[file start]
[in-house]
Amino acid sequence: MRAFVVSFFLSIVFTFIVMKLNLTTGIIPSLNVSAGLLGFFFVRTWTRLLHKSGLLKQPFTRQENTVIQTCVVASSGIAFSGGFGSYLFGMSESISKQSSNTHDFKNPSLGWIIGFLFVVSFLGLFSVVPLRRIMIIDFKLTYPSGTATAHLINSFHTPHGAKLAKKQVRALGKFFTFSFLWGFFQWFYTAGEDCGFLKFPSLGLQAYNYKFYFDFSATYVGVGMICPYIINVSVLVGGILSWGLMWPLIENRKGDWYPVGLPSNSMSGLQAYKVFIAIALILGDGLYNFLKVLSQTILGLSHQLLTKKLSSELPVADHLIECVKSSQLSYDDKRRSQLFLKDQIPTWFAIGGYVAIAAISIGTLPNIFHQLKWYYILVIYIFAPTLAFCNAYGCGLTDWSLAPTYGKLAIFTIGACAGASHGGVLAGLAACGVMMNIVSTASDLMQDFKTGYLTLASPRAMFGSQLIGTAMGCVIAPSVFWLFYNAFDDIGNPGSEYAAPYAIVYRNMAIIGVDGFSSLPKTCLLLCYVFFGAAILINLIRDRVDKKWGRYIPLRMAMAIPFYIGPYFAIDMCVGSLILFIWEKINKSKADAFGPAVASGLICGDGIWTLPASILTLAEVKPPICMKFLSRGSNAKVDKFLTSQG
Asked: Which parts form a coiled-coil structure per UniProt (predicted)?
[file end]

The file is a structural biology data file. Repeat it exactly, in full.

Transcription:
[in-house]
Amino acid sequence: MRAFVVSFFLSIVFTFIVMKLNLTTGIIPSLNVSAGLLGFFFVRTWTRLLHKSGLLKQPFTRQENTVIQTCVVASSGIAFSGGFGSYLFGMSESISKQSSNTHDFKNPSLGWIIGFLFVVSFLGLFSVVPLRRIMIIDFKLTYPSGTATAHLINSFHTPHGAKLAKKQVRALGKFFTFSFLWGFFQWFYTAGEDCGFLKFPSLGLQAYNYKFYFDFSATYVGVGMICPYIINVSVLVGGILSWGLMWPLIENRKGDWYPVGLPSNSMSGLQAYKVFIAIALILGDGLYNFLKVLSQTILGLSHQLLTKKLSSELPVADHLIECVKSSQLSYDDKRRSQLFLKDQIPTWFAIGGYVAIAAISIGTLPNIFHQLKWYYILVIYIFAPTLAFCNAYGCGLTDWSLAPTYGKLAIFTIGACAGASHGGVLAGLAACGVMMNIVSTASDLMQDFKTGYLTLASPRAMFGSQLIGTAMGCVIAPSVFWLFYNAFDDIGNPGSEYAAPYAIVYRNMAIIGVDGFSSLPKTCLLLCYVFFGAAILINLIRDRVDKKWGRYIPLRMAMAIPFYIGPYFAIDMCVGSLILFIWEKINKSKADAFGPAVASGLICGDGIWTLPASILTLAEVKPPICMKFLSRGSNAKVDKFLTSQG
Asked: Which parts form a coiled-coil structure per UniProt (predicted)?